President Sebastian Pinera visited the ONEMI headquarters to review the situation. He called for calm, and said there had been "no reports of significant damage or loss of life."

"Chile has learned its lesson after the earthquake of February 27. We are better prepared, but will always require the cooperation of the public," Pinera said.

Earlier this week, he said reconstruction from the devastation last year would extend until 2014, with many schools, roads and hospitals still needing repairs.

The Pacific Tsunami Warning Center said after the 6.8 temblor that "a destructive Pacific-wide tsunami is not expected," from this quake but that earthquakes of this size "sometimes generate local tsunamis that can be destructive along coasts" within a 100 kilometers of the epicenter.

"Authorities in the region of the epicenter should be aware of this possibility and take appropriate action," it said.

Chilean seismologists said it was not usual to see aftershocks from a quake as large as the one last year, even a year later.

Share This Article With Planet Earth DiggDigg RedditReddit
YahooMyWebYahooMyWeb GoogleGoogle FacebookFacebook

Related Links
Bringing Order To A World Of Disasters
When the Earth Quakes
A world of storm and tempest

Memory Foam Mattress Review
Newsletters :: SpaceDaily :: SpaceWar :: TerraDaily :: Energy Daily
XML Feeds :: Space News :: Earth News :: War News :: Solar Energy News

6.4-magnitude quake rocks India-Myanmar border
Guwahati, India (AFP) Feb 4, 2011
A strong 6.4-magnitude earthquake rocked the India-Myanmar border region on Friday causing panic, but there were no immediate reports of any damage or casualties. The US Geological Survey said the evening quake struck at a depth of 88 kilometres (55 miles), with its epicentre in a remote, sparsely populated region 85 kilometres east of Imphal in the northeastern Indian state of Manipur. ... read more

Australia flags taxpayer levy for floods

Australia PM introduces contentious floods tax

Australian MPs weep for disaster victims

Disasters could reverse growth: Australia

Yap.TV a virtual living room for show lovers

Nokia needs to make Windows phones hip

Cartoon news is the future: Hong Kong media mogul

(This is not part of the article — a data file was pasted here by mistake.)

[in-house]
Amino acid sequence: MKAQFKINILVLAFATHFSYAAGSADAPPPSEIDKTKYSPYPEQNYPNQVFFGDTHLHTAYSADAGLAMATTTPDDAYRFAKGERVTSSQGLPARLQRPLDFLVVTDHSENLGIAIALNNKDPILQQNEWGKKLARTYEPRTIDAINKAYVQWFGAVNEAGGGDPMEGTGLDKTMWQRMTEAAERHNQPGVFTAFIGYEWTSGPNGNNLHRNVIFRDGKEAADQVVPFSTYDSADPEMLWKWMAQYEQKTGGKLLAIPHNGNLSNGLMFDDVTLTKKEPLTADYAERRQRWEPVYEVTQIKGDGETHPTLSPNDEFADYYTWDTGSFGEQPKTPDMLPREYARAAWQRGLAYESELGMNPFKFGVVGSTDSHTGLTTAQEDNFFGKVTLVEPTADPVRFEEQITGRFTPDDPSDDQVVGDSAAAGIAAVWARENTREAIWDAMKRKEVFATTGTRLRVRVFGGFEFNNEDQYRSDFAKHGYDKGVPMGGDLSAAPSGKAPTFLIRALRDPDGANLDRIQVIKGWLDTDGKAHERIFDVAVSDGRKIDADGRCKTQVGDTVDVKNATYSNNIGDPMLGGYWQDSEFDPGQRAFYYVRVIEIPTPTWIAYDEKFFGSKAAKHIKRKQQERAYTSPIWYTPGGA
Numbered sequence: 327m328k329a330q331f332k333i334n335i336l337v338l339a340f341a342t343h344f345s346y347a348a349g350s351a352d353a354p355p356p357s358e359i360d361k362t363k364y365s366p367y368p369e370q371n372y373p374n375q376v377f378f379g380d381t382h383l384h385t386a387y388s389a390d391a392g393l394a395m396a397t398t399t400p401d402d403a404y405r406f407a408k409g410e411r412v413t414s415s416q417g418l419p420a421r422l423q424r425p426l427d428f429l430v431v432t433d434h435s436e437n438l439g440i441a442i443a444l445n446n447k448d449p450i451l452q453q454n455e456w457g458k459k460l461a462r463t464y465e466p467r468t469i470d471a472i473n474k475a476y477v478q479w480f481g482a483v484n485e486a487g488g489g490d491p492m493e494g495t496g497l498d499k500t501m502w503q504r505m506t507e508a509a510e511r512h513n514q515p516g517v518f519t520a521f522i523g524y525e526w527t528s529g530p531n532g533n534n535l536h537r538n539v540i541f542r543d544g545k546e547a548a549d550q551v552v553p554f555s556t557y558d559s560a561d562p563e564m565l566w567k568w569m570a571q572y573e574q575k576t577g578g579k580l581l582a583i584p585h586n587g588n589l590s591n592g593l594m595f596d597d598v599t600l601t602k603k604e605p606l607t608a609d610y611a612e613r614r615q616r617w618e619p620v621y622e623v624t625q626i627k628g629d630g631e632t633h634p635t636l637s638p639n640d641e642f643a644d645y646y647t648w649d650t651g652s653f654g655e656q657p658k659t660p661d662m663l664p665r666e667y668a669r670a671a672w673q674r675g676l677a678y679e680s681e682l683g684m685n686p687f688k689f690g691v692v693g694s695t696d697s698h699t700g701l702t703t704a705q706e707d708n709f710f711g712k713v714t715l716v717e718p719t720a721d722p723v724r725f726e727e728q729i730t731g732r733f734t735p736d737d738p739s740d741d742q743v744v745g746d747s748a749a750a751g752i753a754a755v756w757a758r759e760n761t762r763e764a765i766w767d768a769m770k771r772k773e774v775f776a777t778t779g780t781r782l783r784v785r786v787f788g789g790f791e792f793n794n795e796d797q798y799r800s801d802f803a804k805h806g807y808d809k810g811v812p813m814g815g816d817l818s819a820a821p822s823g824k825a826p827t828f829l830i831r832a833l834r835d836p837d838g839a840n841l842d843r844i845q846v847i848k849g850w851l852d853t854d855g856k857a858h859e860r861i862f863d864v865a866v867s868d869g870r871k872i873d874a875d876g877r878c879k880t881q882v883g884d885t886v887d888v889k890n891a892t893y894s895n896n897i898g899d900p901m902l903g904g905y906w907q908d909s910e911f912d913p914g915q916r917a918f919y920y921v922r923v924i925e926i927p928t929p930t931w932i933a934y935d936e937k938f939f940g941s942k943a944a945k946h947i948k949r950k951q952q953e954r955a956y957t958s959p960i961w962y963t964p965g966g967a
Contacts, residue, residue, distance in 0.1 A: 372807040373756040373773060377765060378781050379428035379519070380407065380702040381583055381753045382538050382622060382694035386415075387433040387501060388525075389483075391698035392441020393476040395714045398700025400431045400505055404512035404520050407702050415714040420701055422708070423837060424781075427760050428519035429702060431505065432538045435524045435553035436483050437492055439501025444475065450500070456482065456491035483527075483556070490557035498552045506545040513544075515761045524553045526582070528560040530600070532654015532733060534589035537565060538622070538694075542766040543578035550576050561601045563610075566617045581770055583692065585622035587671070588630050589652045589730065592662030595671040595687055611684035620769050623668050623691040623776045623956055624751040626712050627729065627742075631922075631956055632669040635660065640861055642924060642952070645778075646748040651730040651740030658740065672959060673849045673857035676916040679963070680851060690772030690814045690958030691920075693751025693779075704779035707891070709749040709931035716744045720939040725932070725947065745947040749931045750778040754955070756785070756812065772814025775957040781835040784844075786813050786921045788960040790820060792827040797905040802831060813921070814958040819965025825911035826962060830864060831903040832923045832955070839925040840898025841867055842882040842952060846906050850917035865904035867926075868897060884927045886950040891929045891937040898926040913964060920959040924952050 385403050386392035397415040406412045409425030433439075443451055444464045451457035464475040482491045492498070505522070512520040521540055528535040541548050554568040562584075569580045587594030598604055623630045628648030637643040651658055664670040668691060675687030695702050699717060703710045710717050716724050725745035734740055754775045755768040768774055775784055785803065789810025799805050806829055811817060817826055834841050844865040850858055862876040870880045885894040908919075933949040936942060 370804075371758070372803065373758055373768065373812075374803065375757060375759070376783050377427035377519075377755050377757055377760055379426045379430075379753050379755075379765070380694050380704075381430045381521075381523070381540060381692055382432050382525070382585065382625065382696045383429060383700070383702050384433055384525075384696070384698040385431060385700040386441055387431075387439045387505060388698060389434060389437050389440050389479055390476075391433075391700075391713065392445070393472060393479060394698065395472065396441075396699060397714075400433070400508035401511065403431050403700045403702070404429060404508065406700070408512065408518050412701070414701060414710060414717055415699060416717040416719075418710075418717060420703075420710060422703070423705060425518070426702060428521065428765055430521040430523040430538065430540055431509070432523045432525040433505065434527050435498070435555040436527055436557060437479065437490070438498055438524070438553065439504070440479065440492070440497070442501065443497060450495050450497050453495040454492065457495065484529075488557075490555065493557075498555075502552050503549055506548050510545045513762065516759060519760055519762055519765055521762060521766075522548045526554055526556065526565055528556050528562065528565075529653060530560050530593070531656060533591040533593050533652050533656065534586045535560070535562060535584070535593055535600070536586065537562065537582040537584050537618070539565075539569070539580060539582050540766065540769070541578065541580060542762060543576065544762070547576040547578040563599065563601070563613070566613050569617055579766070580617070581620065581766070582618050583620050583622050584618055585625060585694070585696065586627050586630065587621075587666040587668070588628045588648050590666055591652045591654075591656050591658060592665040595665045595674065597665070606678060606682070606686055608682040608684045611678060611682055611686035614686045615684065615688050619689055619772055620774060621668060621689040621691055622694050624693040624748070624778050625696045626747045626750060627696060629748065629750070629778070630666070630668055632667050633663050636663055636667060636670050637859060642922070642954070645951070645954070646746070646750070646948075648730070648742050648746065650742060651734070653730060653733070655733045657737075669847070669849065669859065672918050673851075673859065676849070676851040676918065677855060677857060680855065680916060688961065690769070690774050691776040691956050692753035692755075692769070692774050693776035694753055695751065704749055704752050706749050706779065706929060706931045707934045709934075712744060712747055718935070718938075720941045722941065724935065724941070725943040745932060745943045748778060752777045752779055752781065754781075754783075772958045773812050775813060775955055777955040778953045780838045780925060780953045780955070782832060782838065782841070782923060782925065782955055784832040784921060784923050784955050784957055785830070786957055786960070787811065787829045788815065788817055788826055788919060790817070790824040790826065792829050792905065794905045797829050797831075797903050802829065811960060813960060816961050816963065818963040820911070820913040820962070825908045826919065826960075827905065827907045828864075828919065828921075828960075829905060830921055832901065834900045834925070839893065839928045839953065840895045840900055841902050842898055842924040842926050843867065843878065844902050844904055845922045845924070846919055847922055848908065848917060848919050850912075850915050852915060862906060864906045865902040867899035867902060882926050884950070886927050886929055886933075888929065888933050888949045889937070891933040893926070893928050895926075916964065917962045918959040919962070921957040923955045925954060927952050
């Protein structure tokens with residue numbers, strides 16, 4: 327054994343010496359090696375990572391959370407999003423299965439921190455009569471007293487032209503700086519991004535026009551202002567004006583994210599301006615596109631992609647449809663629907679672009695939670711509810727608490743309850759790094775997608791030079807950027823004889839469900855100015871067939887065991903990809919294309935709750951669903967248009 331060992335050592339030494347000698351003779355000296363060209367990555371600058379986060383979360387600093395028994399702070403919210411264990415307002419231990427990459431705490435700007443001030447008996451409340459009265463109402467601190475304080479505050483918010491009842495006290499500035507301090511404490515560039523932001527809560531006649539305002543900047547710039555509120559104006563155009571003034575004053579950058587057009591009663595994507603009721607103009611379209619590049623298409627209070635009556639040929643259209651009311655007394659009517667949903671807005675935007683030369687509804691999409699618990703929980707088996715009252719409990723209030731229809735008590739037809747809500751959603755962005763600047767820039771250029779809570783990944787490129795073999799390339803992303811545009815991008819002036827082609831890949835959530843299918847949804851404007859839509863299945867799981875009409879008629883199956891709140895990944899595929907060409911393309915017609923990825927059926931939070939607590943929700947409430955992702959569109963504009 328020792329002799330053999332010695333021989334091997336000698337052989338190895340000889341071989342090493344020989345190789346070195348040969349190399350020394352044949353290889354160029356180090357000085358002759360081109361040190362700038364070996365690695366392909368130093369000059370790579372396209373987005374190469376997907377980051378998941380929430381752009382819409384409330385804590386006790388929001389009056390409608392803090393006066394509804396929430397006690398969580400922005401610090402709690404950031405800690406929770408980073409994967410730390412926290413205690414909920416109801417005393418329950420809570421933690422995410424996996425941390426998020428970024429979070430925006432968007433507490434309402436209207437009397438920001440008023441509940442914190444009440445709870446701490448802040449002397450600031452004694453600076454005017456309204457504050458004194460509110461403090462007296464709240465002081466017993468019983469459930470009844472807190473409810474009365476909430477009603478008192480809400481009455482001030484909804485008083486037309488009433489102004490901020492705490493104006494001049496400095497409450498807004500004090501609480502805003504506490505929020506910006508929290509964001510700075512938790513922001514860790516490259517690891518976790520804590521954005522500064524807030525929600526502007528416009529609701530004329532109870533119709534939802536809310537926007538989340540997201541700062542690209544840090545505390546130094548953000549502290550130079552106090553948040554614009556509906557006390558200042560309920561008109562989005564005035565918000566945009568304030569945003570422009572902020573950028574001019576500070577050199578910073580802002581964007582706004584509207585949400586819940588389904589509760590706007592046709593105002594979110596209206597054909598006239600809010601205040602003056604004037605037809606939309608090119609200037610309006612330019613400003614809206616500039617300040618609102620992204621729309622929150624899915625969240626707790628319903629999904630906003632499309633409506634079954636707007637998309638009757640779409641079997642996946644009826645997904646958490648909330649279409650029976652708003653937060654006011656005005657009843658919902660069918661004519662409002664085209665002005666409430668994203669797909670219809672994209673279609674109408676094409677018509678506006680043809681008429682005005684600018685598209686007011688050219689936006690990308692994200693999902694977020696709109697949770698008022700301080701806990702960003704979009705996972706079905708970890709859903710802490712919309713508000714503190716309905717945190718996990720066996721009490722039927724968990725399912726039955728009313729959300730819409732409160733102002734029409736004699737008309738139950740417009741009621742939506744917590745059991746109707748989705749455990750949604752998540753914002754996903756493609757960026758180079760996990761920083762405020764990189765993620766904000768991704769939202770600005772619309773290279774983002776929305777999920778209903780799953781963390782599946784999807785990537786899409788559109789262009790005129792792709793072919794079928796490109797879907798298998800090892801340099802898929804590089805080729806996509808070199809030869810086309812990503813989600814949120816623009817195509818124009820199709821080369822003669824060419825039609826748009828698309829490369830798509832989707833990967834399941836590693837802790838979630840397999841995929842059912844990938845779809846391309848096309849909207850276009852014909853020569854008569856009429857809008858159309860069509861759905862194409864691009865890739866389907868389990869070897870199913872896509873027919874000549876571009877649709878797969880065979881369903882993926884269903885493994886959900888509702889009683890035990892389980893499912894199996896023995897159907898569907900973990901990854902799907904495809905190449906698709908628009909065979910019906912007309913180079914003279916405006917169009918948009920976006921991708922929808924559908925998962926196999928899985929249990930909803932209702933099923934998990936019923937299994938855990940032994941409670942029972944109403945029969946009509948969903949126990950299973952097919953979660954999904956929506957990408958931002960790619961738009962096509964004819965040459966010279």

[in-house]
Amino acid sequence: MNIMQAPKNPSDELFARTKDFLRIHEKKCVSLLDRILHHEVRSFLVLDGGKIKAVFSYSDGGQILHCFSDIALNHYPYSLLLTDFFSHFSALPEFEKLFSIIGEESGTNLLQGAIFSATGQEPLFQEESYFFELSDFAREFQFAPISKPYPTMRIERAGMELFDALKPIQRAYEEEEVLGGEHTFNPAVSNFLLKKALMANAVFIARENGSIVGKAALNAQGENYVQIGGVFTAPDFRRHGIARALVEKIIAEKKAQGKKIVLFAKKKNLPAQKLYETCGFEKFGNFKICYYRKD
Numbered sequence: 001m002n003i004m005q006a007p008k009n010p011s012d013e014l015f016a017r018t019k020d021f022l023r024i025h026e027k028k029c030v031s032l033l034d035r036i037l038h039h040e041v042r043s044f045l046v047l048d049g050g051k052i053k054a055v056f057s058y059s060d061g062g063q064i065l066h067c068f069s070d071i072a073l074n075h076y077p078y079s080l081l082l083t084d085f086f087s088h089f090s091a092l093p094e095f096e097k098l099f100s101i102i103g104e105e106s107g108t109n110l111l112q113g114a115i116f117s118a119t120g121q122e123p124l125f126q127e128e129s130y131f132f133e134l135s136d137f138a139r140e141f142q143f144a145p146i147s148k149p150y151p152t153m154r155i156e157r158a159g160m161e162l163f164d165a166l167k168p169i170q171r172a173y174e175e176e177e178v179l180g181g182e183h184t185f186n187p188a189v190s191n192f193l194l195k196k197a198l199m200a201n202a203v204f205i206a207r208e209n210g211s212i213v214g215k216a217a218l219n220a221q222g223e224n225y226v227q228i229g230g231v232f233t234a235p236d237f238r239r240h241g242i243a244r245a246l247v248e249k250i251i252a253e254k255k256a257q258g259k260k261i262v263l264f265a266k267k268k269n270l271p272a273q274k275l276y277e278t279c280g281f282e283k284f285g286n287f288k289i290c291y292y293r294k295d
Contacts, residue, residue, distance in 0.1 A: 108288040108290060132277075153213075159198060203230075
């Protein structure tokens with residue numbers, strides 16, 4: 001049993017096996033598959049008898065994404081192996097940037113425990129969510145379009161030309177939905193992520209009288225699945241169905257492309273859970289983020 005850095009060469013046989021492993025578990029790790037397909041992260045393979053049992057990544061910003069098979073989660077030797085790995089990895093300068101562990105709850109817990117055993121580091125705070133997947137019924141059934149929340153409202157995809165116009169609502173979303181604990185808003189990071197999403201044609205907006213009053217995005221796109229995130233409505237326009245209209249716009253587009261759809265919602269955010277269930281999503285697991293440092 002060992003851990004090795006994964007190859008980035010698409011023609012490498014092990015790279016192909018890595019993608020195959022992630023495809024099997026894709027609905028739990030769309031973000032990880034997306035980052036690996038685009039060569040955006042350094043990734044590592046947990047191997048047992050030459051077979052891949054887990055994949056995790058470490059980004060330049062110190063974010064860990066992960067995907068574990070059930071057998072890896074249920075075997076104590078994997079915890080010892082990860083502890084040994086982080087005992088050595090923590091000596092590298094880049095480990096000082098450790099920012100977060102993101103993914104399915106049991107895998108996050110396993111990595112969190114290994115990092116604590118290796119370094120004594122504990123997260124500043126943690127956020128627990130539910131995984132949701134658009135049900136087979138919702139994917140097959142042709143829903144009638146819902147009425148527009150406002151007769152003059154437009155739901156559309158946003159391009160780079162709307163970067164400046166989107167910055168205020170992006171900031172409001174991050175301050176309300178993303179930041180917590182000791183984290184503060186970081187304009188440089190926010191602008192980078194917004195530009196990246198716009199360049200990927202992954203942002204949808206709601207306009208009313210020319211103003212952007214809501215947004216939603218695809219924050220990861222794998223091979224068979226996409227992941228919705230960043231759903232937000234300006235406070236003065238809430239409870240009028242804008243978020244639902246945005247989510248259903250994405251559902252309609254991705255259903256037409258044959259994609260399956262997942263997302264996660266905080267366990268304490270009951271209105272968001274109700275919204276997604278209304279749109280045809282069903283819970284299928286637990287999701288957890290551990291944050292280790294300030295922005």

Web makes 15 mins fame a lifetime of shame

Kenya's Fisheries Management Promotes Species That Grow Larger And Live Longer

New map charts a 'leaky' Earth

Thailand closes dive spots due to reef damage

China earmarks $303 bn for safe water: report

VIMS Team Glides Into Polar Research

Russia, Norway sign Barents agreement

Norwegian house ratifies Arctic border agreement with Russia

Greens: Alaska oil delay a win for polar bears

Healing Our Planetary Ills From The Ground Up

Putting Trees On Farms Fundamental To Future Agricultural Development

Livestock Boom Risks Aggravating Animal Plagues

Morales aborts visit amid food riot fears

Powerful quake rocks Chile year after disaster

Another Iceland volcano may erupt

Sri Lanka flood damage $600 mln

UN's Sri Lanka flood appeal falling short

China FM urges West to lift sanctions on Zimbabwe

Chad military still using child soldiers: Amnesty

China's foreign minister visits 'good brother' Zimbabwe

Arms seized in Nigeria were for Gambia: Iran ambassador

Discovery Could Change Views Of Human Evolution

Multiculturalism loses appeal in Europe

Bleak future seen for U.K. brain research

Mathematical Model Explains How Complex Societies Emerge And Collapse

The content herein, unless otherwise known to be public domain, are Copyright 1995-2010 - SpaceDaily. AFP and UPI Wire Stories are copyright Agence France-Presse and United Press International. ESA Portal Reports are copyright European Space Agency. All NASA sourced material is public domain. Additional copyrights may apply in whole or part to other bona fide parties. Advertising does not imply endorsement,agreement or approval of any opinions, statements or information provided by SpaceDaily on any Web page published or hosted by SpaceDaily. Privacy Statement